Midway Unreal Tournament 3
- The game hearkens back to the superb style and pace of the classic Unreal Tournament, slick graphics and excellent PC performance
- New Warfare mode is clever, but we still miss the absent Assault mode, vehicles could use some more fine-tuning
If you're hoping for a game that will melt your eyes with cutting-edge graphics and stimulate your mind with a deep, highly customisable online experience, Call of Duty 4 is probably your game.
Price$ 99.95 (AUD)
Take a moment to pity poor Unreal Tournament 3: the game finally sees the light of day after experiencing several delays and a name change only to find that it has to compete with recently released titles like Halo 3, Call of Duty 4, Quake Wars and The Orange Box. Talk about an uphill battle!
The good news, however, is that UT3 not only lives up to the high standards of the franchise, it's Epic's best effort in years and it's a must-buy for fans of the series.
What's old is new again
In some respects, UT3 hearkens back to the first Unreal Tournament, which is a smart move considering that the original title was far sleeker than its subsequent sequels. You now spawn with a precise Enforcer pistol rather than an inaccurate assault rifle and the Impact Hammer returns to replace UT 2004's oft-ignored Shield Gun. Also gone are the floating power-ups, such as Adrenaline meters and wild wall-bouncing. Like the original UT, UT3 allows users to pick up modular armour pieces that can protect individual body parts.
The overall effect is of a striking return to form, and series vets will spot the similarities between UT and UT3 almost instantly: in particular, the main title theme will make UT vets grin. UT3 also has a heavier, weightier feel, which Epic claims is due to increased gravity settings. This helps do away with UT 2004's "floatier" feel and, again, makes UT3 more like a true sequel to the first Unreal Tournament. If you loved the first UT then you'll feel right at home in UT3.
Warfare is hell
Beyond shooter staples like deathmatch and Capture the Flag, UT3 narrows its focus with a new vehicle-centric mode called Warfare. Quite similar to UT 2004's Onslaught mode, Warfare is a combination of Domination (capturing and securing waypoints), UT2003's Bombing Run (you can drop a special orb in an enemy waypoint to capture it instantly), and the old Onslaught (waypoints are daisy-chained together and must be captured in the proper order). Once your team captures the proper sequence of waypoints, you're free to launch a final assault on the enemy team's generator and win the match.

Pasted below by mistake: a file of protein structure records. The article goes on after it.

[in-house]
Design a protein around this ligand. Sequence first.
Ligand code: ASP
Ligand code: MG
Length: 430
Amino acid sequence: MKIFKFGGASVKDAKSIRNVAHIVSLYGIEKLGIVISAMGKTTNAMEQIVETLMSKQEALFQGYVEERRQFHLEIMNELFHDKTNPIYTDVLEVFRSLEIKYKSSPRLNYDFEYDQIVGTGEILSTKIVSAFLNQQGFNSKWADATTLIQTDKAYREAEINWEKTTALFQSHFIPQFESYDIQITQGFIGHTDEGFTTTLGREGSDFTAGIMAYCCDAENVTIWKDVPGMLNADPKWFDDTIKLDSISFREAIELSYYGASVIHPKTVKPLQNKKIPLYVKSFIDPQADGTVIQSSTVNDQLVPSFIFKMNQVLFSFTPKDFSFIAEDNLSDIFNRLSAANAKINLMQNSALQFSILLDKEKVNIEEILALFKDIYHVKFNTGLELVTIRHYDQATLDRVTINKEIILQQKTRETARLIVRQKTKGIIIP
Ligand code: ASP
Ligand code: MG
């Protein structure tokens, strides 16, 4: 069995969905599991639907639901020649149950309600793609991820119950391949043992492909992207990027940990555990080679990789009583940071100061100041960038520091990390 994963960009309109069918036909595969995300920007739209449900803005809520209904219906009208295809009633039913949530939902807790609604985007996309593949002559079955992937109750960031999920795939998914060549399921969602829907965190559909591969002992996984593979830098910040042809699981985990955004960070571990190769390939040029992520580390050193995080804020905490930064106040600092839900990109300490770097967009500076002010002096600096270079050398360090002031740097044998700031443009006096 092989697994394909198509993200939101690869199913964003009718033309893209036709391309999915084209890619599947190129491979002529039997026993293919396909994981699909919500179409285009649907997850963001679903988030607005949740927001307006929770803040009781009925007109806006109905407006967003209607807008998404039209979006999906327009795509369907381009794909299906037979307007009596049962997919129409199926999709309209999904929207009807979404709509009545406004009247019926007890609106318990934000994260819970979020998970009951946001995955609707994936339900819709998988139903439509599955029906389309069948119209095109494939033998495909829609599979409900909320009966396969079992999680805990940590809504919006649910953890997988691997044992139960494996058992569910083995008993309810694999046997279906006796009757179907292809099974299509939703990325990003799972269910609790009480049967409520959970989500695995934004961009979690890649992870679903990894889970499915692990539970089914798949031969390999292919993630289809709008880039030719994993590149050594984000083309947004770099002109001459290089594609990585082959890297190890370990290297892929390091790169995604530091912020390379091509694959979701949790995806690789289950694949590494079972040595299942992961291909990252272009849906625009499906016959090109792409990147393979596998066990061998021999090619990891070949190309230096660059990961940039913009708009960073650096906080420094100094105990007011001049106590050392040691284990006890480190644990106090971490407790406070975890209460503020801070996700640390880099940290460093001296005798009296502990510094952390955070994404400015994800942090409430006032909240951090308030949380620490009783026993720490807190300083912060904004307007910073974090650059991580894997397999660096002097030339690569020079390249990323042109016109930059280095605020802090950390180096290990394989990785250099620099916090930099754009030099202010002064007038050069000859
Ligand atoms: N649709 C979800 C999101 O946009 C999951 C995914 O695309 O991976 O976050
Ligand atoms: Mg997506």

As a centrepiece play mode, Warfare fares well. It's actually rather strategic: cooperating with teammates and guarding waypoints is vital, so don't think you can just run around spraying ammo. The only downside is that the matches can take some time to complete -- as long as 20 minutes or more, as waypoints are captured, re-captured, and re-captured again. Warfare is also a lacklustre substitute for the underappreciated Assault mode, which pitted two teams against each other in an epic, story-driven power struggle; it's too bad Epic didn't include both. Overall, though, Warfare is a nice refinement of Onslaught and serves as an effective arena for vehicle combat.
Join the newsletter!
Most Popular Reviews
- 1 Hisense takes the fight to home entertainment heavyweights with flagship Series 8 and 9 ULED TVs
- 2 Sony's latest Ultra HD OLED debuts in Australia
- 3 Panasonic Ultra HD OLED TV Review
- 4 D-Link Omna 180 Cam HD DSH-C310 review
- 5 Oppo A77 smartphone: Full in-depth review
Latest News Articles
- Robot House announce vacuum-bot adventure game ahead of PAX Australia
- Wargaming launches ANZ servers for World of Tanks
- VR fairytale game Luna due for Oct 17 release
- Event schedule announced for PAX Aus 2017
- Hand of Fate 2 set for Nov. 7 launch, will support 4K HD on Xbox
PCW Evaluation Team
Brainstorming, innovation, problem solving, and negotiation have all become much more productive and valuable if people can easily collaborate in real time with minimal friction.
The print quality also does not disappoint, it’s clear, bold, doesn’t smudge and the text is perfectly sized.
The Huddle Board’s built in program; Sharp Touch Viewing software allows us to easily manipulate and edit our documents (jpegs and PDFs) all at the same time on the dashboard.
The biggest perks for me would be that it comes with easy to use and comprehensive programs that make the collaboration process a whole lot more intuitive and organic
I rate the printer as a 5 out of 5 stars as it has been able to fit seamlessly into my busy and mobile lifestyle.
It’s perfect for mobile workers. Just take it out — it’s small enough to sit anywhere — turn it on, load a sheet of paper, and start printing.
- iPhone 8
- Canon 6D MK II: Full, in-depth review
- Panasonic’s EX600U UHD HDR TV + HTB688 soundbar:
- Which flagship TV is best? Sony 4K HDR Bravia 2016 versus LG 4K HDR OLED 2016
- 10 Blu-ray movies / Best looking Blu-ray movies
- CCService Delivery ManagerNSW
- FTAgile Business Analyst, CXOther
- CCTechnologyOne Systems AdministratorVIC
- FTSenior Business Analyst - AMLOther
- FTTECHNICAL INFRASTRUCTURE LEADOther
- FTIT Project ManagerOther
- FTDigital DesignerOther
- FTSenior Change AnalystOther
- CCSalesforce Cloud LeadVIC
- TPSenior Project Manager (CRIM)VIC
- FTProject Manager - Software Development ProjectsOther
- FTJava DeveloperOther
- CCNetwork Engineer - Cleveland BasedQLD
- CCData AnalystQLD
- CCNon-Functional Test ConsultantNSW
- FTTeam Lead, Asset Mgmt & OperationsOther
- CCPortfolio ManagerNSW
- FTDigital Producer | High Profile Website | 6 Month ContractOther
- FTBusiness Development Manager - Telecommunications & ITSA
- FTLevel 3 Desktop EngineerOther
- CCPartner Marketing ManagerNSW
- FTGraduate C# DeveloperNSW
- FTSenior Business Analyst - Office 365 ProjectOther
- FTSenior Software EngineerNSW
- CCJunior and Senior SQL DeveloperACT